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Arizona’s SB 1070 and the Prison Lobby

October 28, 2010 - Posted by Maurice Belanger



We have written before that the rationales Arizonans were given for the passage of SB 1070 (the “papers please” law) did not comport with the facts on the ground in Arizona.  While crime was down in Arizona, and border residents and law enforcement in border communities believed their communities were safe, politicians claimed that Arizona was “under attack” by criminal “illegal aliens.”


Today, National Public Radio ran a story about the Arizona law which helps us understand why it was needed.  The law wasn’t meant to protect Arizona residents.  It was meant to generate business for the for-profit prison industry and, as a consequence, to line the pockets of politicians who supported SB 1070. 


Arizona state Senator Russell Pearce, the chief sponsor of SB 1070, came to Washington to get the bill drafted with the help of the American Legislative Exchange Council, a group that, according to their tagline, favors “limited government, free markets, and federalism.”  The group’s members are state legislators and corporations.  Among the corporate members is the nation’s largest prison company, the Corrections Corporation of America (CCA).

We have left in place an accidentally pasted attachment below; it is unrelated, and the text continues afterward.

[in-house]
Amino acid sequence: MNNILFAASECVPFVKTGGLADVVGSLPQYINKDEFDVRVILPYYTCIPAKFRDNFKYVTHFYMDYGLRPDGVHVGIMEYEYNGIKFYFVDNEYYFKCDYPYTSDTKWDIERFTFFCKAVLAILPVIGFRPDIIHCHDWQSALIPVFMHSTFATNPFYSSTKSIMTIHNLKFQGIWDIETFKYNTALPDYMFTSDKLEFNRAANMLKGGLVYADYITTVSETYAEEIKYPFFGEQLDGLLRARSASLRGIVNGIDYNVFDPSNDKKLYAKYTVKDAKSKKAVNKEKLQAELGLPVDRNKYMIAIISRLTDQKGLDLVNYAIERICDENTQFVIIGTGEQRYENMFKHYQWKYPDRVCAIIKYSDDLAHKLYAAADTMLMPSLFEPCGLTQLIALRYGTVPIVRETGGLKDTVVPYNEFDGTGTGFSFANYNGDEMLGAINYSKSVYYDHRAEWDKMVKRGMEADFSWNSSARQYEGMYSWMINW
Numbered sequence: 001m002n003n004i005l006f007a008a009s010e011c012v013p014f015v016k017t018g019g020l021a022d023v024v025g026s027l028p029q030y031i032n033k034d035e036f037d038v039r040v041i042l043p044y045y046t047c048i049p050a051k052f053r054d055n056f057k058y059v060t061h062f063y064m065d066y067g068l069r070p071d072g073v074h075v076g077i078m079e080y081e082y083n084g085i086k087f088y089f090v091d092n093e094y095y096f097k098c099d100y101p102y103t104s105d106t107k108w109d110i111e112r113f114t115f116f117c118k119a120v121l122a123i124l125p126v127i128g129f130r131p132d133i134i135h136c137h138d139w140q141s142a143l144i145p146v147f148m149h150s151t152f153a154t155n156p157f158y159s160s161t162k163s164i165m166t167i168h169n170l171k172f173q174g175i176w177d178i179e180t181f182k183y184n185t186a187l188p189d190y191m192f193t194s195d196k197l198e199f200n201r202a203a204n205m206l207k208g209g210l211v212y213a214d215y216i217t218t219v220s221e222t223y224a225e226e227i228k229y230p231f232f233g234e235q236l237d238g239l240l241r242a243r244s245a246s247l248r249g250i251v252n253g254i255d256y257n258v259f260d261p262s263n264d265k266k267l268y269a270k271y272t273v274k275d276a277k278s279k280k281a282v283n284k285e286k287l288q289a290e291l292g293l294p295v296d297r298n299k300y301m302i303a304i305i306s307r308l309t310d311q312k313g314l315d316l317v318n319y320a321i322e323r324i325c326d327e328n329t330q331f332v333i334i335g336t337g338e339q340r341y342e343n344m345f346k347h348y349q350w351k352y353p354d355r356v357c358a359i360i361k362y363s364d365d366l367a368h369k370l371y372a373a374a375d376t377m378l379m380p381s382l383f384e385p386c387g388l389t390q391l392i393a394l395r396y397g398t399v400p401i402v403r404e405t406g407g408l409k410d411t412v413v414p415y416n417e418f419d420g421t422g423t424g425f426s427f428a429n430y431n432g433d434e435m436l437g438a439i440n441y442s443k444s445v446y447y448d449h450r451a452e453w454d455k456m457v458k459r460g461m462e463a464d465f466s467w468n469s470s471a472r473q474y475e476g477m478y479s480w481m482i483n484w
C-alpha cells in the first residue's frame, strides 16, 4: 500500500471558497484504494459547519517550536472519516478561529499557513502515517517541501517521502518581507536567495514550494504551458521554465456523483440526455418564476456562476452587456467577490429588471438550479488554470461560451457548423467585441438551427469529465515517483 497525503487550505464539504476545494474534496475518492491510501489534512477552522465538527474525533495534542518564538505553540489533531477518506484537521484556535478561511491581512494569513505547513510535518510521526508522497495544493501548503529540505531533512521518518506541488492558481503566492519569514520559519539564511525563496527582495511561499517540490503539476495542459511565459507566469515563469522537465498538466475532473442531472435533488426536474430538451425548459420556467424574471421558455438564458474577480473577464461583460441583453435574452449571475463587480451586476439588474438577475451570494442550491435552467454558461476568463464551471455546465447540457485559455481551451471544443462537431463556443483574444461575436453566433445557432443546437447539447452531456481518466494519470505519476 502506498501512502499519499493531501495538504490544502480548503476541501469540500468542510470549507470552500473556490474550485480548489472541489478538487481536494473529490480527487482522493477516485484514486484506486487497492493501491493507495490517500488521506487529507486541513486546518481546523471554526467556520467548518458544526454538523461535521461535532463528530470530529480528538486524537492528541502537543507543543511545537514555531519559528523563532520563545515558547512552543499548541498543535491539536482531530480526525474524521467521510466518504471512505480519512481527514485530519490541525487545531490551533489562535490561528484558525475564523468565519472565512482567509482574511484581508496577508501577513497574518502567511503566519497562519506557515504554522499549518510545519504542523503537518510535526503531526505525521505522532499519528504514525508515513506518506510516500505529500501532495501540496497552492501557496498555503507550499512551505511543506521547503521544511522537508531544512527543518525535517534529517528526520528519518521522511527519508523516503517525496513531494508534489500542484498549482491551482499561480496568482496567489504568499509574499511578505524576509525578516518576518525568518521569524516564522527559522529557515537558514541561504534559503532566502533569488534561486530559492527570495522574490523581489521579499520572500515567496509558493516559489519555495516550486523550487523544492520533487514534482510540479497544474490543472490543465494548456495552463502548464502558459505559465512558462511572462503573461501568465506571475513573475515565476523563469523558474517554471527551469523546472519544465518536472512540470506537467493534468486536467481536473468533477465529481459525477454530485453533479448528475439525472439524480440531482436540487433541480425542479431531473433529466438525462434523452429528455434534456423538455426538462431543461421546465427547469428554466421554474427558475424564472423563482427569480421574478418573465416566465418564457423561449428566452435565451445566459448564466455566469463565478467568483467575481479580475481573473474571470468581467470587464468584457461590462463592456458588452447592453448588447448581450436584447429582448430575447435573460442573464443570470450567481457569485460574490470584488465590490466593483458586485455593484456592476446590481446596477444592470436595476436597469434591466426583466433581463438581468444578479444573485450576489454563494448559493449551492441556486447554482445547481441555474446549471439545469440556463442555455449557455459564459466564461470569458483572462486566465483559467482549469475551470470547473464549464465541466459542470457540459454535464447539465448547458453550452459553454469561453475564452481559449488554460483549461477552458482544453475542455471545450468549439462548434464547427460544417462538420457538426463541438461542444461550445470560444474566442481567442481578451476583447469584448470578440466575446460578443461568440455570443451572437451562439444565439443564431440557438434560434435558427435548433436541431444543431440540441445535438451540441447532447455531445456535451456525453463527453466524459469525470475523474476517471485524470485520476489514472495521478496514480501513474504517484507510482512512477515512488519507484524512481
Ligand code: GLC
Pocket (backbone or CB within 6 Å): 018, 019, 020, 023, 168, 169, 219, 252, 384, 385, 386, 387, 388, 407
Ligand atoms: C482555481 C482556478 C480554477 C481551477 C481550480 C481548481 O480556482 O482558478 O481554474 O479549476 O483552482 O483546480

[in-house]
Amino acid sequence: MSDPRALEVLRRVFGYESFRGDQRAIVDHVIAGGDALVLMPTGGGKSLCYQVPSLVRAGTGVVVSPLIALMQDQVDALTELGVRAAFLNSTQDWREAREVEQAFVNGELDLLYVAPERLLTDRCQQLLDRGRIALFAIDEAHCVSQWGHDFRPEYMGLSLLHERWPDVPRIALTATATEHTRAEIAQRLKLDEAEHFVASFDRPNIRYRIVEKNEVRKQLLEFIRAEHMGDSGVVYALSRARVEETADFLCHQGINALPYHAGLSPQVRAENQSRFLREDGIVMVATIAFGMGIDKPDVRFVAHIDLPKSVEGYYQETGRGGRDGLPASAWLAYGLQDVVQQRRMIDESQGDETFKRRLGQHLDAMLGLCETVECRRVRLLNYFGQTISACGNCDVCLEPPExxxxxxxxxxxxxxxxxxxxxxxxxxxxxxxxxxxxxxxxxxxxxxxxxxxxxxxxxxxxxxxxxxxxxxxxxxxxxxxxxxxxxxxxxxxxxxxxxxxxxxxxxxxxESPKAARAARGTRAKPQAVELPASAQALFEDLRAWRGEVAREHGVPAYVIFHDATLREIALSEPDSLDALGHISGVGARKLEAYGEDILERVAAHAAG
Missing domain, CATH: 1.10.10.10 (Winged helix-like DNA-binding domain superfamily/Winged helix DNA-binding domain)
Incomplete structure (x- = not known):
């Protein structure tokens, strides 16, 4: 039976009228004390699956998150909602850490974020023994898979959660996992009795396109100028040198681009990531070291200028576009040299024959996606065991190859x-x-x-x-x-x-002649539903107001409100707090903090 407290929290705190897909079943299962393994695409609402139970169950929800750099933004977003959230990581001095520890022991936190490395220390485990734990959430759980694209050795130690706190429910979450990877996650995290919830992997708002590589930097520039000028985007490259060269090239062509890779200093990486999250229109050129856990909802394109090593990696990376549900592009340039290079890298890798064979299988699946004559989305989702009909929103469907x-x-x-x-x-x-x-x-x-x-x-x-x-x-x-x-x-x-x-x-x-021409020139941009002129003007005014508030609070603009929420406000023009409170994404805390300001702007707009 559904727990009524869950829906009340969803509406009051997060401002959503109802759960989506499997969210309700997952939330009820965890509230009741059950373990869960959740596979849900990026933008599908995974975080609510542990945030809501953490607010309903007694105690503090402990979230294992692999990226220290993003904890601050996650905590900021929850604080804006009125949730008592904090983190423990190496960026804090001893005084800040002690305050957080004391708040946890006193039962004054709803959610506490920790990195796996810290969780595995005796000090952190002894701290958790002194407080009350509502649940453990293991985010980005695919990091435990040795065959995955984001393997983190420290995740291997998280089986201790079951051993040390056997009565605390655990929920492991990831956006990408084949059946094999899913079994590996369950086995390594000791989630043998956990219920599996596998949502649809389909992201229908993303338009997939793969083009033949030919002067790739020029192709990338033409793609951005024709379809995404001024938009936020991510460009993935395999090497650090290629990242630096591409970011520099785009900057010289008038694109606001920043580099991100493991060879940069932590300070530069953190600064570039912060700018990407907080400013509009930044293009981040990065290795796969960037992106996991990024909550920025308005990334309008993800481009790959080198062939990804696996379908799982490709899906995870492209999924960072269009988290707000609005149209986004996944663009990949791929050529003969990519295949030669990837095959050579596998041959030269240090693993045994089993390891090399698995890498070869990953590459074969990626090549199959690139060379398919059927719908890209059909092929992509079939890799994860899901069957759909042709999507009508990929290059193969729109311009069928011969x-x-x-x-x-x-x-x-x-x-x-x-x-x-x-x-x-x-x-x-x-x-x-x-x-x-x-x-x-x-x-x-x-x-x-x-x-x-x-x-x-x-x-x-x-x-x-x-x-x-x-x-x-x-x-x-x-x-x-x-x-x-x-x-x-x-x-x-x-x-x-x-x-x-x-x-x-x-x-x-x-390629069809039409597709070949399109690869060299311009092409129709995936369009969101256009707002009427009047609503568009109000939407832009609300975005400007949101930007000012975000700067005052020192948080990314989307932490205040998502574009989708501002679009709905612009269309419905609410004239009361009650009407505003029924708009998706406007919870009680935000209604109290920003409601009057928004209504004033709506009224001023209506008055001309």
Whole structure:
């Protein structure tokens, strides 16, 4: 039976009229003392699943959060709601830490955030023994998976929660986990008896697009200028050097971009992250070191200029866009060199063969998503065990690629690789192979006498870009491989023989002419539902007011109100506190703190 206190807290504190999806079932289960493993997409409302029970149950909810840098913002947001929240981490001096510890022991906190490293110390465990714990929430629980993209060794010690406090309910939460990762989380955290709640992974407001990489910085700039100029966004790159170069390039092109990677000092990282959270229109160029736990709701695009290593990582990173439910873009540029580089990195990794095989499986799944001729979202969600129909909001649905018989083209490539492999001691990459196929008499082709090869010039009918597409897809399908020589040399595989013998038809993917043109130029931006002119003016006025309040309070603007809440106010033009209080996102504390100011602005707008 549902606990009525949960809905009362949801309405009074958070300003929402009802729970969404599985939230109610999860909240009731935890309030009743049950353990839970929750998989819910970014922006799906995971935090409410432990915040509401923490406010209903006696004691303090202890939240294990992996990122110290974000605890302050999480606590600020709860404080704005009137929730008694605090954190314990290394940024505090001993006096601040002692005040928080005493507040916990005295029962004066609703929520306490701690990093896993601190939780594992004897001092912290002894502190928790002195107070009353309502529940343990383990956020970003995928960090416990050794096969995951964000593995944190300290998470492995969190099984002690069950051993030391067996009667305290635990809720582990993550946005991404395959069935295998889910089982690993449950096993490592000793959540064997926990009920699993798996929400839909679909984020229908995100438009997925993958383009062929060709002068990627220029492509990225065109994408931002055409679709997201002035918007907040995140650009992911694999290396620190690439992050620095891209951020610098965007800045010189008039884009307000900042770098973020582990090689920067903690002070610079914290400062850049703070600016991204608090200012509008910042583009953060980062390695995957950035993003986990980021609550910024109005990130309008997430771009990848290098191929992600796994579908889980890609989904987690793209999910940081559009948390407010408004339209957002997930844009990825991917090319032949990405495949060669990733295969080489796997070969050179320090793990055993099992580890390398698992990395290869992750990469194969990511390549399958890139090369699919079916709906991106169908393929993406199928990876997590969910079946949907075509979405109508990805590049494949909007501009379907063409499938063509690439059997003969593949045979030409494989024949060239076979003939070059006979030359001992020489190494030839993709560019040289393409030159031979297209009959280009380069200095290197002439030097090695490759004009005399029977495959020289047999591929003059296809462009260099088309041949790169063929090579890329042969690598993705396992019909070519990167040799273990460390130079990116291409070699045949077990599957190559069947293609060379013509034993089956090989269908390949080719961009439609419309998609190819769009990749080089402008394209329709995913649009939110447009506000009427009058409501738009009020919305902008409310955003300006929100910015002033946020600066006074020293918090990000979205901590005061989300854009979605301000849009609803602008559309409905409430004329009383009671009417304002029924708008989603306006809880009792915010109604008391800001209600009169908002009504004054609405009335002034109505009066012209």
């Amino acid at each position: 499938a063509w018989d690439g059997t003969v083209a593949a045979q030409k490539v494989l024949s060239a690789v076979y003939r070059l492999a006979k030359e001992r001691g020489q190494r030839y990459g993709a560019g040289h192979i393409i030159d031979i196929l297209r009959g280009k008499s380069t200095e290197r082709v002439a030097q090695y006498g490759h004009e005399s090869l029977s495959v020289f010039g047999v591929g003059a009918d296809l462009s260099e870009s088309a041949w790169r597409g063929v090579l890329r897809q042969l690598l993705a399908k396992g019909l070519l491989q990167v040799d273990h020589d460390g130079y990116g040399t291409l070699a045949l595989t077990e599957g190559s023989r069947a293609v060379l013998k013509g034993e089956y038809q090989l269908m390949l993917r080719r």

According to NPR, officials of CCA believe that


“immigrant detention is their next big market. Last year, they wrote that they expect to bring in "a significant portion of our revenues" from Immigration and Customs Enforcement, the agency that detains illegal immigrants.”


They helped Pearce write a “model bill” that became, almost word for word, SB 1070—right down to the title, the “Support Our Law Enforcement and Safe Neighborhoods Act.”


Pearce took his bill back to Arizona, and it was time for the prison corporations to buy some influence.  According to NPR,

“Thirty of the 36 co-sponsors received donations over the next six months, from prison lobbyists or prison companies — Corrections Corporation of America, Management and Training Corporation and The Geo Group.”


CCA hired a lobbyist to work the Arizona capitol during the time SB 1070 was being considered. 


We all know the result.


NPR called the law a “new business model” for prison corporations.  The Arizona’s law will (if it ever gets out of the courts) generate a huge new revenue stream for private prisons, as Arizona police lock up anyone who cannot prove they were in the country legally. 


If the law proves lucrative in Arizona, you can bet the prison corporations will be taking the model on the road, and looking to build new prisons in states that intend to follow Arizona’s lead.  They’ve already written the legislation.  All they need to do now is to spread some cash around in state capitals across the country.


NPR will continue with its report tomorrow.  You can also check out this report from Think Progress, with much of the same information and links to other media reports that have looked into ties between the prison industry, SB 1070, and other prisoner-generating (and thus cash-generating) legislation.


Image by Flickr user AMagill

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